OPINION: This article may contain commentary which reflects the author's opinion.
Former President Donald Trump and his vice president, Mike Pence, are once again at odds.
As supporters of the former president know, in the run-up to certifying the 2020 election — a fateful made even more so by the riot at the Capitol Building — Trump put a lot of pressure on Pence to not certify electoral votes from key battleground states that had, in the view of several legal experts, improperly changed their voting rules and laws ahead of the November election.
But as president of the Senate and seeing no constitutional way he could not count all electoral votes forwarded to him by the states, Pence did what he described as his duty and certified the election for now-President Joe Biden.
In the months that followed, some reports claimed that Trump and Pence were civil to each other and had had at least some conversations, though they eventually tapered off and the two men haven’t had any contact at all for the better part of a year, according to other reports.
There have been indications that Pence is setting himself up for a 2024 presidential bid; Trump has dropped major hints that he, too, is planning to run for his second term.
And now, the two one-time running mates are about to go head-to-head in a proxy battle for the GOP gubernatorial nomination in Georgia.
Former Vice President Mike Pence will be coming to Georgia to campaign on behalf of Gov. Brian Kemp, the governor’s campaign announced Friday morning.
The campaign issued a release that said Pence would attend a rally with Gov. Kemp on Monday, May 23 – the day before the May 24 primaries in Georgia.
The former vice president is throwing his weight behind the governor as former President Donald Trump backs his challenger, David Perdue. …
Kemp has maintained a strong lead to earn the GOP nomination for reelection in polling ahead of Primary Day. An 11Alive poll conducted in April found he had a 56%-31% edge on Perdue, the former senator who lost his reelection bid in the Jan. 2021 runoffs.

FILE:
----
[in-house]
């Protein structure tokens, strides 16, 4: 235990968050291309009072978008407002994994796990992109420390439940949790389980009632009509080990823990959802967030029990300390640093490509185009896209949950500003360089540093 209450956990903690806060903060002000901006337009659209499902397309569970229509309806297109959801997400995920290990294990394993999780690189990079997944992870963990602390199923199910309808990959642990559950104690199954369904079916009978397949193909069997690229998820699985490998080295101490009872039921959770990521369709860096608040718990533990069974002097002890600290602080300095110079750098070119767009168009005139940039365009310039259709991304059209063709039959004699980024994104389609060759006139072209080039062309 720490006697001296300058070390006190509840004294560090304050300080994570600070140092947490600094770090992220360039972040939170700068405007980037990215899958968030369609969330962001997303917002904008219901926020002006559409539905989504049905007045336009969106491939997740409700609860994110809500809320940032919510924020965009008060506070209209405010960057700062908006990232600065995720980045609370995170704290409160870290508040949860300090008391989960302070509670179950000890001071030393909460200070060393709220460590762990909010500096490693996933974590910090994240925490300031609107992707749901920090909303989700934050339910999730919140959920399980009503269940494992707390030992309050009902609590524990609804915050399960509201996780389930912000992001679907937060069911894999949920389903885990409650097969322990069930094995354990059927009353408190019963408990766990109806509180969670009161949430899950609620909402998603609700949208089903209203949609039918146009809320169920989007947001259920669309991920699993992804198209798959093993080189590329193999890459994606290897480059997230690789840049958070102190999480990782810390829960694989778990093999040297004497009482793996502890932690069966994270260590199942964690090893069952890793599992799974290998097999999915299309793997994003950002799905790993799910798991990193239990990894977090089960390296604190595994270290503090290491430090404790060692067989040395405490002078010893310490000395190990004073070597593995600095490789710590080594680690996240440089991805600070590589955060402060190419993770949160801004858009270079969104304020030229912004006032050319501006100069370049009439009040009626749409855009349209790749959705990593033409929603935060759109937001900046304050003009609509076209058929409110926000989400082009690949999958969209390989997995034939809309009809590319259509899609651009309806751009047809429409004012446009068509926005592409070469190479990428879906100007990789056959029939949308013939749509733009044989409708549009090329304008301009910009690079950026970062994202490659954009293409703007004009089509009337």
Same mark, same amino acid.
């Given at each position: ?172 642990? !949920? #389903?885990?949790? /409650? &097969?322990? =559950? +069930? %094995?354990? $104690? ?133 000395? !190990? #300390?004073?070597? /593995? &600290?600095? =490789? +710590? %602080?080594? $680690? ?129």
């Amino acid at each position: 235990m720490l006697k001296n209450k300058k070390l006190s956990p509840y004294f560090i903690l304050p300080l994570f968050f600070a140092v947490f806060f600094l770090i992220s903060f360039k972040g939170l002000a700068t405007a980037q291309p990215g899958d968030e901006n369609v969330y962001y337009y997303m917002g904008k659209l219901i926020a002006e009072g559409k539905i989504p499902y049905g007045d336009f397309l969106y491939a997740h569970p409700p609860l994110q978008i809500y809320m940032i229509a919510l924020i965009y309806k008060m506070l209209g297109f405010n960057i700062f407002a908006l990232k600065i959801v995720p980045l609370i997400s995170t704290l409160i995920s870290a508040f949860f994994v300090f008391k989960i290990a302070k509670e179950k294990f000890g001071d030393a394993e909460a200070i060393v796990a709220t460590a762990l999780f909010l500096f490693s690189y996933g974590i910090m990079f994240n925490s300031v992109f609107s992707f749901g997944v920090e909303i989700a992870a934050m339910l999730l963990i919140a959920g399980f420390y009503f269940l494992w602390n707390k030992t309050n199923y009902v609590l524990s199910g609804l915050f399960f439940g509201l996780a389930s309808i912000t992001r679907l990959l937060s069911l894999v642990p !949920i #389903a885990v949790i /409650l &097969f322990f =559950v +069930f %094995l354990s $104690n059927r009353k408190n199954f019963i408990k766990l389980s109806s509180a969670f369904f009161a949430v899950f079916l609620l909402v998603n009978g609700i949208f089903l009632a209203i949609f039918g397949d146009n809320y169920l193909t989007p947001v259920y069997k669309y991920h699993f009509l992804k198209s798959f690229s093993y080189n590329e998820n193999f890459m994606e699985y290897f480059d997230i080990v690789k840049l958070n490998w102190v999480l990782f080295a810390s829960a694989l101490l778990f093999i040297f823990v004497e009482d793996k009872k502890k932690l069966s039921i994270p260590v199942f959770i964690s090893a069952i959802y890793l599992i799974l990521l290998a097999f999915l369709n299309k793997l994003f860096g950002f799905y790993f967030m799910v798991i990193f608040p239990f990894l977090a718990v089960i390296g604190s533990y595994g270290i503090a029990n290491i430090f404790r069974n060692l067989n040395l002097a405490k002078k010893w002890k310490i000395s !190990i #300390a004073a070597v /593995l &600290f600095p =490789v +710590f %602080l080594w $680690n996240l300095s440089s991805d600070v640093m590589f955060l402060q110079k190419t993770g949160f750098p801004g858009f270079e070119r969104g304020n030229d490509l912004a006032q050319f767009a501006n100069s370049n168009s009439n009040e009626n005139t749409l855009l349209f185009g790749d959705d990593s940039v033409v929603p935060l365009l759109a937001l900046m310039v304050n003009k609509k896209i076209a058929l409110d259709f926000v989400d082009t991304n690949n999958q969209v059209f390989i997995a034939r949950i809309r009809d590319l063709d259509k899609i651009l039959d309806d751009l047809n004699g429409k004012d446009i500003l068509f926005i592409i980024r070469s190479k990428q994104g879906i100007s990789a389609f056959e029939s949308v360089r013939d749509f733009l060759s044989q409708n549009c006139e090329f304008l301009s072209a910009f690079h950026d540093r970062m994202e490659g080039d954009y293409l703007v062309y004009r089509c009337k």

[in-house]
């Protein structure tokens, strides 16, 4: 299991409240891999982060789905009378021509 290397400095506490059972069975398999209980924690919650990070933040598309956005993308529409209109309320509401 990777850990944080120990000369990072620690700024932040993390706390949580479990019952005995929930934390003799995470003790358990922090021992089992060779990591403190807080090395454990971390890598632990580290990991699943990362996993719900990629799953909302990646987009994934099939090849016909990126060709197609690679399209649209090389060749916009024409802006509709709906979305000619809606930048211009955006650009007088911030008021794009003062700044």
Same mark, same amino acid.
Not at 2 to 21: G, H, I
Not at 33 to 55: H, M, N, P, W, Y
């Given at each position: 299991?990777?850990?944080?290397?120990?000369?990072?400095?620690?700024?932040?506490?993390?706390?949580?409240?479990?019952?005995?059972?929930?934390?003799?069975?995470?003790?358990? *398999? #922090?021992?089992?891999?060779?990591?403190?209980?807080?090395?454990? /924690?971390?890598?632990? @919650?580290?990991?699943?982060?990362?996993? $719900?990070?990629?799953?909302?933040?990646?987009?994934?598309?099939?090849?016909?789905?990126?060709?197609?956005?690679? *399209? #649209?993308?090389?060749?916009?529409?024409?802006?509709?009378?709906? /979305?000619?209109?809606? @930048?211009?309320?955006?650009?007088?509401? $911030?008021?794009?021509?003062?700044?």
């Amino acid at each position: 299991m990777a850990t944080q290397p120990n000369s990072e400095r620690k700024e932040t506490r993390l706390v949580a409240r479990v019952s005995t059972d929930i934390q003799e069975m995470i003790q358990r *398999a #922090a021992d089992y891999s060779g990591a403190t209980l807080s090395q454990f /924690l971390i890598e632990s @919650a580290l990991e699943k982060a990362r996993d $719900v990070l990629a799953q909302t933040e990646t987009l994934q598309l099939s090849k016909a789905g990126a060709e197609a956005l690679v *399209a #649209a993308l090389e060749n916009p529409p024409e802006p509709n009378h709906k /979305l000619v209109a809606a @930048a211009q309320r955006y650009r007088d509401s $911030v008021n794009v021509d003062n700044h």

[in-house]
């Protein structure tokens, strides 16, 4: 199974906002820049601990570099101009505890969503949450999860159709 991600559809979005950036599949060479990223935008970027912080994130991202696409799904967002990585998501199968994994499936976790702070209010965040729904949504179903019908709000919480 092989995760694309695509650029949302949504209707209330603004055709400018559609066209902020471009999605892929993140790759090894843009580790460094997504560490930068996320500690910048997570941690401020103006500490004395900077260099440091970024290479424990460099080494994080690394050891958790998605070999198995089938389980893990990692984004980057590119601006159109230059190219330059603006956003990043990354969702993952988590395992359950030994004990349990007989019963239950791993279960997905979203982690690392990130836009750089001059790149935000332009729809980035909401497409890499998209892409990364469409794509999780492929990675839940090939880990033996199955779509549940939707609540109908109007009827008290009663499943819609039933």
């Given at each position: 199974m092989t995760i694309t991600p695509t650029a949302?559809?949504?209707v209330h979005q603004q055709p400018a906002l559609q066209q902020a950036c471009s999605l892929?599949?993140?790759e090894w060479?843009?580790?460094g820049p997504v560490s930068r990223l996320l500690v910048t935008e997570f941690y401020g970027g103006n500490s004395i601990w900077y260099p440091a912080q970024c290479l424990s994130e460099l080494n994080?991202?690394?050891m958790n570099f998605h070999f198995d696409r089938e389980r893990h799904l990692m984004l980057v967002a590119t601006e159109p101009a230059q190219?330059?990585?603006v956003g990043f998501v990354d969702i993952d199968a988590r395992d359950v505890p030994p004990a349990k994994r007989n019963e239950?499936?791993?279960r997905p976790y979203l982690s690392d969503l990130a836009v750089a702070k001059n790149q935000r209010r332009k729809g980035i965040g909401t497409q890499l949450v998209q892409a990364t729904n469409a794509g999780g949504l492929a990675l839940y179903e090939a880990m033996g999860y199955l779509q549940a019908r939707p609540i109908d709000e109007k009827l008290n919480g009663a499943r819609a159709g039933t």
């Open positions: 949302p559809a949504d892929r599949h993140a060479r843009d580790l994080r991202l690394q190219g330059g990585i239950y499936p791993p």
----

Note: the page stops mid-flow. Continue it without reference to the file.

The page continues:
So far, all of the GOP candidates Trump has backed have won their primaries, but Trump’s candidate is trailing — by a lot — versus Pence’s candidate. So clearly, that streak is in danger of ending.
Also, Trump has backed another controversial candidate, Dr. Mehmet Oz, who is running for the GOP nomination to replace retiring Pennsylvania Sen. Pat Toomey, though after Trump’s endorsement, the dynamics of that race changed.
In April 2021, a few months after the Jan. 6 riot, retired Army Lt. General Keith Kellogg, the National Security Council chief of staff under Trump and National Security adviser to Pence, said that the two men had engaged in some conversations.
“Absolutely. I really do,” Kellogg told the “John Solomon Reports” podcast at the time when he was asked if the two could repair their relationship which was fractured following the riot.
“They’re talking together. I know the president called him when he had his operation just recently on the pacemaker. And I know they’re talking,” Kellogg said.
Previously, Trump said he was “disappointed” that Pence went ahead and counted electoral college votes from disputed results in key battleground states following the November election.
As for Kellogg, he further talked about his time in the Trump administration being around both leaders.
“When I used to be in the Oval with both of them, I just loved being with both of them,” he said.
“There was good banter going back and forth. And you know, and when they would talk privately, I mean, the vice president would say, ‘Give me the room,’ which means ‘leave,’ and we would get up and leave the Oval, and then he and the president would talk out there,” he said.
“And I think they were an incredible team together going forward,” Kellogg added.
In January, however, Pence revealed that his talks with Trump trailed off last summer and had not resumed.
“You know, we talked last summer,” Pence told Fox’s Jesse Watters. “And, you know, I’ve said many times, it was difficult. Jan. 6 was difficult. It was a tragic day in the life of the nation.”
“I know I did my duty under the Constitution of the United States,” Pence added. “But the president and I sat down in the days that followed that. We spoke about it, talked through it. We parted amicably.”